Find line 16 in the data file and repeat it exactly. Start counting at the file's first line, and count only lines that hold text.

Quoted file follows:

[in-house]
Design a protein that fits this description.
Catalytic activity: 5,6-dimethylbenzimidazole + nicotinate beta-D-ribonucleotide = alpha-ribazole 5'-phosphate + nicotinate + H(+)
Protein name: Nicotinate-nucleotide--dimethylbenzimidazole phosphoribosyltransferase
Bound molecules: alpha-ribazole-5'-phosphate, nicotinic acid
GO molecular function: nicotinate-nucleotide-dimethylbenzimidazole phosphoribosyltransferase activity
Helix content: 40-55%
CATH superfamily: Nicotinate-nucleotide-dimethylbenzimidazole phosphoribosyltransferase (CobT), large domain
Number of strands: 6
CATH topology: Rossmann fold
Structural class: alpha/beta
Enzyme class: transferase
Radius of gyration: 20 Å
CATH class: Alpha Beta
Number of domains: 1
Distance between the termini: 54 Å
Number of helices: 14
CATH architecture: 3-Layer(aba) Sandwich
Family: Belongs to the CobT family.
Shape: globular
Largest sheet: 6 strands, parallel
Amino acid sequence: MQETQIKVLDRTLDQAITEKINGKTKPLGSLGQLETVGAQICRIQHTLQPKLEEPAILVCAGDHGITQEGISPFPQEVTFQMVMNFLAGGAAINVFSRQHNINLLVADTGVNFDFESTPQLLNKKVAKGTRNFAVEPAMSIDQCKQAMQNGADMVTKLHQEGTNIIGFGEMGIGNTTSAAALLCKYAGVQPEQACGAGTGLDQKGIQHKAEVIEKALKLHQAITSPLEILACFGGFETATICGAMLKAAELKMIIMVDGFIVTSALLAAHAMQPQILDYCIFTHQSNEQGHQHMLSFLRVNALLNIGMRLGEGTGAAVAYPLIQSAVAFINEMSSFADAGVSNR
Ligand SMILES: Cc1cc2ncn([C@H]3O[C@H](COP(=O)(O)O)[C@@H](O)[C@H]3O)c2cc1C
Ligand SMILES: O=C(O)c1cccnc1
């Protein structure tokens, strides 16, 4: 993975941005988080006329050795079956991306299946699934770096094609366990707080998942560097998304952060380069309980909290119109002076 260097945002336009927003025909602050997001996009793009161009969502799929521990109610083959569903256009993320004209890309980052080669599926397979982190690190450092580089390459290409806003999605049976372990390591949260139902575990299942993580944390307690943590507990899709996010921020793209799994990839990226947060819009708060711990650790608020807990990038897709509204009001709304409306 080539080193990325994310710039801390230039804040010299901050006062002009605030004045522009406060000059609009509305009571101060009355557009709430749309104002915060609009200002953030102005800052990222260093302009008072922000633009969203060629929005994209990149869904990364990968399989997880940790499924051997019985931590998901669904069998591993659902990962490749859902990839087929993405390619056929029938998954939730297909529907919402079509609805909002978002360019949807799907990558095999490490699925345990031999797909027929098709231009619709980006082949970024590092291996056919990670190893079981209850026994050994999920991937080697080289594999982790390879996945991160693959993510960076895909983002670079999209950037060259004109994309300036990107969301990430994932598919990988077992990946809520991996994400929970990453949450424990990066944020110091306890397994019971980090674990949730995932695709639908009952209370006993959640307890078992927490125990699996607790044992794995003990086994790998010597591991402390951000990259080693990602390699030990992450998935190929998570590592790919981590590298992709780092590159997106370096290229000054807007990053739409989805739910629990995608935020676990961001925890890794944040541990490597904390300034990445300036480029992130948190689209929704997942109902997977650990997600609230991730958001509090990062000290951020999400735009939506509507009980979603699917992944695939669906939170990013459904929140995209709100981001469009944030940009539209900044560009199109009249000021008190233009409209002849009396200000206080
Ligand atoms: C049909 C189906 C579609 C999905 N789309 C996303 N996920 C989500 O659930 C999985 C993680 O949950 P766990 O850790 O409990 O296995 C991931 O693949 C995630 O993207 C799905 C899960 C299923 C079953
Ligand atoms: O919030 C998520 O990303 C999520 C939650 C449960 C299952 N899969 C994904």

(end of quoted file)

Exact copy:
Distance between the termini: 54 Å